Angola: Economy grows at quickest pace in four years in Q4 2021
March 31, 2022
GDP growth gathered steam to reach 2.2% year on year in the final quarter of last year, up from 0.9% in the third and marking the fastest increase since Q4 2018. For the year as a whole, Angola’s economy expanded 0.7% over the prior period (2020: -5.6%), which marked the first expansion since 2015 as the economy exited a multi-year recession.
The headline improvement reflected a softer contraction in the key oil sector, which fell 2.8% year on year in the fourth quarter (Q3: -11.1% yoy). Despite activity still falling in the sector, the fourth quarter’s print marked the best result since the first quarter of 2020. Meanwhile, non-oil GDP growth eased from 7.3% in the third quarter to 4.0% in the fourth. The moderation was driven by softer growth in the commerce, agricultural, fishing, and transport and storage sectors. On the other hand, stronger growth in the manufacturing and construction sectors limited the cooldown.
On a seasonally-adjusted quarter-on-quarter basis, economic growth gathered pace, picking up to 1.6% in Q4, following the previous period's 0.5% expansion. This suggests that underlying momentum gained steam in the period.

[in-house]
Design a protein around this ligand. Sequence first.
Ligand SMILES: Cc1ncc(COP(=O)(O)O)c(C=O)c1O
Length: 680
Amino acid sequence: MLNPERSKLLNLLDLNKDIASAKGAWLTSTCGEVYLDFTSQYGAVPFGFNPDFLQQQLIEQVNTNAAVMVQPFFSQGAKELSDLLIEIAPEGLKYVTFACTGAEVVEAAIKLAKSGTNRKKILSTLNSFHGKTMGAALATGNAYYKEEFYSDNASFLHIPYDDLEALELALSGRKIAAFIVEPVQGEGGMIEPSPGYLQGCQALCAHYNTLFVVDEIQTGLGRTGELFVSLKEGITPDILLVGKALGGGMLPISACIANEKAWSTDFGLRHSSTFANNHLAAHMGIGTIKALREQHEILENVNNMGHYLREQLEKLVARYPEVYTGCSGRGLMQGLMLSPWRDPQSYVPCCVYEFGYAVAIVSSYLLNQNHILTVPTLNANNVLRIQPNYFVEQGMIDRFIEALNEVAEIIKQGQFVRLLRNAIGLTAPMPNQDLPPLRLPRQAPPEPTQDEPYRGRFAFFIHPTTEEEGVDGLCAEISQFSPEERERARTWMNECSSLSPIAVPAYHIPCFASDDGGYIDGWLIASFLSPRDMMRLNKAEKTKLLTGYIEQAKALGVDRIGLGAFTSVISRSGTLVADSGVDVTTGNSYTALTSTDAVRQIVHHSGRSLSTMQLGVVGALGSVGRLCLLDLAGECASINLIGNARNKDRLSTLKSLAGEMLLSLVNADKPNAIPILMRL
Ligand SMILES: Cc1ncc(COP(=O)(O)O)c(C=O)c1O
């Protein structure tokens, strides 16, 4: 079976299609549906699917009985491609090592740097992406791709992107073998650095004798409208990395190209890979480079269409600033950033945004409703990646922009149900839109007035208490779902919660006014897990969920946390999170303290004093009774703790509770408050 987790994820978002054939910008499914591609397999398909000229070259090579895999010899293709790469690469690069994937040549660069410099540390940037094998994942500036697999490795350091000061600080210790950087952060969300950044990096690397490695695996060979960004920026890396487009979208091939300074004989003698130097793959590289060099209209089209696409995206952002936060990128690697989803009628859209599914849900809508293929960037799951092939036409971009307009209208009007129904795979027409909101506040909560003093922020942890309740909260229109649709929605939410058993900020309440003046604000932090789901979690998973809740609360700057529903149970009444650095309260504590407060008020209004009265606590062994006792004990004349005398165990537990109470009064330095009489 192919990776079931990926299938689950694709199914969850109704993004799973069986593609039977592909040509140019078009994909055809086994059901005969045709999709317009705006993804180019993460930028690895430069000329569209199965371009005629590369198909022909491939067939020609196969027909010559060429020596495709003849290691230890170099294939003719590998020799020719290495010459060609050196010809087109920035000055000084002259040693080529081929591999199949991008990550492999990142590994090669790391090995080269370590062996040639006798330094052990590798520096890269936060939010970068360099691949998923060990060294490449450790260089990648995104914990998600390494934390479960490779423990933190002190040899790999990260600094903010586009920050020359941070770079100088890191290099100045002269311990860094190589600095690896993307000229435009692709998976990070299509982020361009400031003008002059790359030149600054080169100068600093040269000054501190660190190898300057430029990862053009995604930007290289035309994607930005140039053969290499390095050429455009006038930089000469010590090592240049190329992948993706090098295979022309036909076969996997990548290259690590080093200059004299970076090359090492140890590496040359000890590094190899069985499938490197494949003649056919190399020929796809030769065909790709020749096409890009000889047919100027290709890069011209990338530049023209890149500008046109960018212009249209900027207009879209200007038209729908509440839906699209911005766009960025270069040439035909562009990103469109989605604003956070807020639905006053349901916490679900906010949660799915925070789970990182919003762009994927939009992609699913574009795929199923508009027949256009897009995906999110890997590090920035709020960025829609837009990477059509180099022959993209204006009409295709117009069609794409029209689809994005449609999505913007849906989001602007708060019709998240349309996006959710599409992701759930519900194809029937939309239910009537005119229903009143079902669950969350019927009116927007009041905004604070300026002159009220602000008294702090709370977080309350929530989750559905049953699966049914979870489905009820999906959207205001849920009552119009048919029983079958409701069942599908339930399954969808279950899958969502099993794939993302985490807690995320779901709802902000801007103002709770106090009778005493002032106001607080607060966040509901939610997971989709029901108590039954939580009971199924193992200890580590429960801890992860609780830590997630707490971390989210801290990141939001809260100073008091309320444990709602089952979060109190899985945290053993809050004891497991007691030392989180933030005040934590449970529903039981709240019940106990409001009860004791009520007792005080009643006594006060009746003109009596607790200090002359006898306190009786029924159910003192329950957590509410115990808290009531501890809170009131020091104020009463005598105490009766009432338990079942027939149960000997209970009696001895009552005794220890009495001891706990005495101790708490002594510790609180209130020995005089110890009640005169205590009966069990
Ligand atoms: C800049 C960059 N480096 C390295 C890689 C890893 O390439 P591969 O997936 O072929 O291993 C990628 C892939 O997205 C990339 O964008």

The economy is set to gain further steam this year. On the domestic front, the rollback of Covid-19 restrictions have improved the outlook for the economy. Energy commodity prices have spiked in an already bullish oil market due to Russia’s invasion of Ukraine. With many sanctions placed upon Russia and Western countries looking for alternative sources, Angola is set to benefit, particularly if OPEC+ output quotas are raised—which the United Arab Emirates recently expressed being in favor of. Greater oil prices should also buoy the Angolan kwanza and improve the country’s fiscal and external positions. A stronger currency would exert downward pressure on inflation as well. That said, inflation remains elevated, which is a downside risk to the outlook, as is regional instability. Uncertainty surrounding August’s election and protests leading up to it further cloud the outlook.
Author: Jan Lammersen, Economist